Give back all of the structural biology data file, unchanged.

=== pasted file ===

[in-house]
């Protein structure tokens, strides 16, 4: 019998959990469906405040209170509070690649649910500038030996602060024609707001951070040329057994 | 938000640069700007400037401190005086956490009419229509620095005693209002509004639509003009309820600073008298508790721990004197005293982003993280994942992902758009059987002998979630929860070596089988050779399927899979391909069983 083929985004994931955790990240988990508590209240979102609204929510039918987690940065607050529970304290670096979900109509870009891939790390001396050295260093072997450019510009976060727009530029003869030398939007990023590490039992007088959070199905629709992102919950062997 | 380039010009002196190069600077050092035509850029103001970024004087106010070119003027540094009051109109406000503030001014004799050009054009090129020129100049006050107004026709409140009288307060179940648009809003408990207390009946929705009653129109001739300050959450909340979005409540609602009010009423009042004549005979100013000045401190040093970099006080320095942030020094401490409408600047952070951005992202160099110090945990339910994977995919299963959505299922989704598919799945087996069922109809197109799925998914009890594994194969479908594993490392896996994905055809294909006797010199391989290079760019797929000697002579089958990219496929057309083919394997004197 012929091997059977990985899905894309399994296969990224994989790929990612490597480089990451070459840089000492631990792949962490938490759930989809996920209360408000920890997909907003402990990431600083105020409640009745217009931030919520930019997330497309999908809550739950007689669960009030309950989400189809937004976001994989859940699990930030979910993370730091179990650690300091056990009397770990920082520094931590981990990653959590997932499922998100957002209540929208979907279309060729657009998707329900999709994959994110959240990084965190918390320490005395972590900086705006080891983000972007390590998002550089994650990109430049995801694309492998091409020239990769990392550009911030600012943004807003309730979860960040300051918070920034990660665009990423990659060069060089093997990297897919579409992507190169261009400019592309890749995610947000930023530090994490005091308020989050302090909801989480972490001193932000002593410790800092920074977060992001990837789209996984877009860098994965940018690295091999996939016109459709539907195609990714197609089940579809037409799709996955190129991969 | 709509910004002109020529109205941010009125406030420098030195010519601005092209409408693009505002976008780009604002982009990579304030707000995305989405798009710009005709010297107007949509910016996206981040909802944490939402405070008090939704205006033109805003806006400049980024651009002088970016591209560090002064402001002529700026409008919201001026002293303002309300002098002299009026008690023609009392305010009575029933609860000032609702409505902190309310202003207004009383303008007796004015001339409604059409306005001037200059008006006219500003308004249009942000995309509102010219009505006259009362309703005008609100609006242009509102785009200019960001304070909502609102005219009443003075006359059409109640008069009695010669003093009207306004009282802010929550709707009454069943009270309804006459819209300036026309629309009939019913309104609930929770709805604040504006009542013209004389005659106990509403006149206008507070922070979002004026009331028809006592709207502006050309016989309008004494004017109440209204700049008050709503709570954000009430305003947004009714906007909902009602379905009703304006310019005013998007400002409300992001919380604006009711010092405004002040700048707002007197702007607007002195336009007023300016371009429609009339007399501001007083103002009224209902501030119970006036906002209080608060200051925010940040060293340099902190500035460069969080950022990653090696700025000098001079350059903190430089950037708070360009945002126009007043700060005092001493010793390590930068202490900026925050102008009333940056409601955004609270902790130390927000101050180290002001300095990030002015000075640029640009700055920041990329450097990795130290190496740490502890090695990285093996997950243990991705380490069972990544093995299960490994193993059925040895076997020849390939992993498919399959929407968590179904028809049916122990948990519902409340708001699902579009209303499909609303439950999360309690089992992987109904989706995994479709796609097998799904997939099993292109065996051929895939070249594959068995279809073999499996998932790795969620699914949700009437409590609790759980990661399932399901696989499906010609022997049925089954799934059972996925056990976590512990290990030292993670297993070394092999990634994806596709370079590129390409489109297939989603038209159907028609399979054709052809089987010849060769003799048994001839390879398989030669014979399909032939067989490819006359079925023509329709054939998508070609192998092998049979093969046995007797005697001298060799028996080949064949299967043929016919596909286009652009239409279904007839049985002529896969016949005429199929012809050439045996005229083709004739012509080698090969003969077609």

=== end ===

[in-house]
């Protein structure tokens, strides 16, 4: 019998959990469906405040209170509070690649649910500038030996602060024609707001951070040329057994 | 938000640069700007400037401190005086956490009419229509620095005693209002509004639509003009309820600073008298508790721990004197005293982003993280994942992902758009059987002998979630929860070596089988050779399927899979391909069983 083929985004994931955790990240988990508590209240979102609204929510039918987690940065607050529970304290670096979900109509870009891939790390001396050295260093072997450019510009976060727009530029003869030398939007990023590490039992007088959070199905629709992102919950062997 | 380039010009002196190069600077050092035509850029103001970024004087106010070119003027540094009051109109406000503030001014004799050009054009090129020129100049006050107004026709409140009288307060179940648009809003408990207390009946929705009653129109001739300050959450909340979005409540609602009010009423009042004549005979100013000045401190040093970099006080320095942030020094401490409408600047952070951005992202160099110090945990339910994977995919299963959505299922989704598919799945087996069922109809197109799925998914009890594994194969479908594993490392896996994905055809294909006797010199391989290079760019797929000697002579089958990219496929057309083919394997004197 012929091997059977990985899905894309399994296969990224994989790929990612490597480089990451070459840089000492631990792949962490938490759930989809996920209360408000920890997909907003402990990431600083105020409640009745217009931030919520930019997330497309999908809550739950007689669960009030309950989400189809937004976001994989859940699990930030979910993370730091179990650690300091056990009397770990920082520094931590981990990653959590997932499922998100957002209540929208979907279309060729657009998707329900999709994959994110959240990084965190918390320490005395972590900086705006080891983000972007390590998002550089994650990109430049995801694309492998091409020239990769990392550009911030600012943004807003309730979860960040300051918070920034990660665009990423990659060069060089093997990297897919579409992507190169261009400019592309890749995610947000930023530090994490005091308020989050302090909801989480972490001193932000002593410790800092920074977060992001990837789209996984877009860098994965940018690295091999996939016109459709539907195609990714197609089940579809037409799709996955190129991969 | 709509910004002109020529109205941010009125406030420098030195010519601005092209409408693009505002976008780009604002982009990579304030707000995305989405798009710009005709010297107007949509910016996206981040909802944490939402405070008090939704205006033109805003806006400049980024651009002088970016591209560090002064402001002529700026409008919201001026002293303002309300002098002299009026008690023609009392305010009575029933609860000032609702409505902190309310202003207004009383303008007796004015001339409604059409306005001037200059008006006219500003308004249009942000995309509102010219009505006259009362309703005008609100609006242009509102785009200019960001304070909502609102005219009443003075006359059409109640008069009695010669003093009207306004009282802010929550709707009454069943009270309804006459819209300036026309629309009939019913309104609930929770709805604040504006009542013209004389005659106990509403006149206008507070922070979002004026009331028809006592709207502006050309016989309008004494004017109440209204700049008050709503709570954000009430305003947004009714906007909902009602379905009703304006310019005013998007400002409300992001919380604006009711010092405004002040700048707002007197702007607007002195336009007023300016371009429609009339007399501001007083103002009224209902501030119970006036906002209080608060200051925010940040060293340099902190500035460069969080950022990653090696700025000098001079350059903190430089950037708070360009945002126009007043700060005092001493010793390590930068202490900026925050102008009333940056409601955004609270902790130390927000101050180290002001300095990030002015000075640029640009700055920041990329450097990795130290190496740490502890090695990285093996997950243990991705380490069972990544093995299960490994193993059925040895076997020849390939992993498919399959929407968590179904028809049916122990948990519902409340708001699902579009209303499909609303439950999360309690089992992987109904989706995994479709796609097998799904997939099993292109065996051929895939070249594959068995279809073999499996998932790795969620699914949700009437409590609790759980990661399932399901696989499906010609022997049925089954799934059972996925056990976590512990290990030292993670297993070394092999990634994806596709370079590129390409489109297939989603038209159907028609399979054709052809089987010849060769003799048994001839390879398989030669014979399909032939067989490819006359079925023509329709054939998508070609192998092998049979093969046995007797005697001298060799028996080949064949299967043929016919596909286009652009239409279904007839049985002529896969016949005429199929012809050439045996005229083709004739012509080698090969003969077609």